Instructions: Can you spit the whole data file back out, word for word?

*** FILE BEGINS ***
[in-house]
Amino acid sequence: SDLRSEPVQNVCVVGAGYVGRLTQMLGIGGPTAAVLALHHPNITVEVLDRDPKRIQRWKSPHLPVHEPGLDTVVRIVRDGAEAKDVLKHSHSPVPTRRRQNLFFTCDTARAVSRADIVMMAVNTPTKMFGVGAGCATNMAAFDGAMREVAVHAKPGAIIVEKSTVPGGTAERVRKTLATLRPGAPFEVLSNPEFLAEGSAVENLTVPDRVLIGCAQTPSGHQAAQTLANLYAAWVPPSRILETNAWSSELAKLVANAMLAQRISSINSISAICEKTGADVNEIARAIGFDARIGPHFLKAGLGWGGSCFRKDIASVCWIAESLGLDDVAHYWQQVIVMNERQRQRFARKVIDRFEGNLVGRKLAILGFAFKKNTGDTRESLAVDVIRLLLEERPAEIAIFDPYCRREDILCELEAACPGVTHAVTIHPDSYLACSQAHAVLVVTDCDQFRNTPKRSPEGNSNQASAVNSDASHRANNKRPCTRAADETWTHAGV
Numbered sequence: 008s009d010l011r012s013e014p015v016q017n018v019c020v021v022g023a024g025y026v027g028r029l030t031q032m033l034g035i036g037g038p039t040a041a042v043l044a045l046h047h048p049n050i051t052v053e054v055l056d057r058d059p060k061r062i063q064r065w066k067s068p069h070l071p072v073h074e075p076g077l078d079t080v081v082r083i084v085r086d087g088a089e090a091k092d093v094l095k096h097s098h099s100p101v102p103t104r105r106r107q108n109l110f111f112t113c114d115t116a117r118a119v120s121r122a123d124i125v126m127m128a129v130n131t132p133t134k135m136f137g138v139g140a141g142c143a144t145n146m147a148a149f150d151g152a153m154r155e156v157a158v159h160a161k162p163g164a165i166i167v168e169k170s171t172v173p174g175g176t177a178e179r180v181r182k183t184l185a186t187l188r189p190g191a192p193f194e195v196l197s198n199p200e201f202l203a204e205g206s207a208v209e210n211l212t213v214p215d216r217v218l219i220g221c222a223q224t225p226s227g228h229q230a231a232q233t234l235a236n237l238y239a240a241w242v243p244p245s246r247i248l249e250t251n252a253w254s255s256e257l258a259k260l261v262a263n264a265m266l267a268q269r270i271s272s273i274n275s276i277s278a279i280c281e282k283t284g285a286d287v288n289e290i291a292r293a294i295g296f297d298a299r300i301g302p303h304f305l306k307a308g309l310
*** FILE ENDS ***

[in-house]
Amino acid sequence: SDLRSEPVQNVCVVGAGYVGRLTQMLGIGGPTAAVLALHHPNITVEVLDRDPKRIQRWKSPHLPVHEPGLDTVVRIVRDGAEAKDVLKHSHSPVPTRRRQNLFFTCDTARAVSRADIVMMAVNTPTKMFGVGAGCATNMAAFDGAMREVAVHAKPGAIIVEKSTVPGGTAERVRKTLATLRPGAPFEVLSNPEFLAEGSAVENLTVPDRVLIGCAQTPSGHQAAQTLANLYAAWVPPSRILETNAWSSELAKLVANAMLAQRISSINSISAICEKTGADVNEIARAIGFDARIGPHFLKAGLGWGGSCFRKDIASVCWIAESLGLDDVAHYWQQVIVMNERQRQRFARKVIDRFEGNLVGRKLAILGFAFKKNTGDTRESLAVDVIRLLLEERPAEIAIFDPYCRREDILCELEAACPGVTHAVTIHPDSYLACSQAHAVLVVTDCDQFRNTPKRSPEGNSNQASAVNSDASHRANNKRPCTRAADETWTHAGV
Numbered sequence: 008s009d010l011r012s013e014p015v016q017n018v019c020v021v022g023a024g025y026v027g028r029l030t031q032m033l034g035i036g037g038p039t040a041a042v043l044a045l046h047h048p049n050i051t052v053e054v055l056d057r058d059p060k061r062i063q064r065w066k067s068p069h070l071p072v073h074e075p076g077l078d079t080v081v082r083i084v085r086d087g088a089e090a091k092d093v094l095k096h097s098h099s100p101v102p103t104r105r106r107q108n109l110f111f112t113c114d115t116a117r118a119v120s121r122a123d124i125v126m127m128a129v130n131t132p133t134k135m136f137g138v139g140a141g142c143a144t145n146m147a148a149f150d151g152a153m154r155e156v157a158v159h160a161k162p163g164a165i166i167v168e169k170s171t172v173p174g175g176t177a178e179r180v181r182k183t184l185a186t187l188r189p190g191a192p193f194e195v196l197s198n199p200e201f202l203a204e205g206s207a208v209e210n211l212t213v214p215d216r217v218l219i220g221c222a223q224t225p226s227g228h229q230a231a232q233t234l235a236n237l238y239a240a241w242v243p244p245s246r247i248l249e250t251n252a253w254s255s256e257l258a259k260l261v262a263n264a265m266l267a268q269r270i271s272s273i274n275s276i277s278a279i280c281e282k283t284g285a286d287v288n289e290i291a292r293a294i295g296f297d298a299r300i301g302p303h304f305l306k307a308g309l310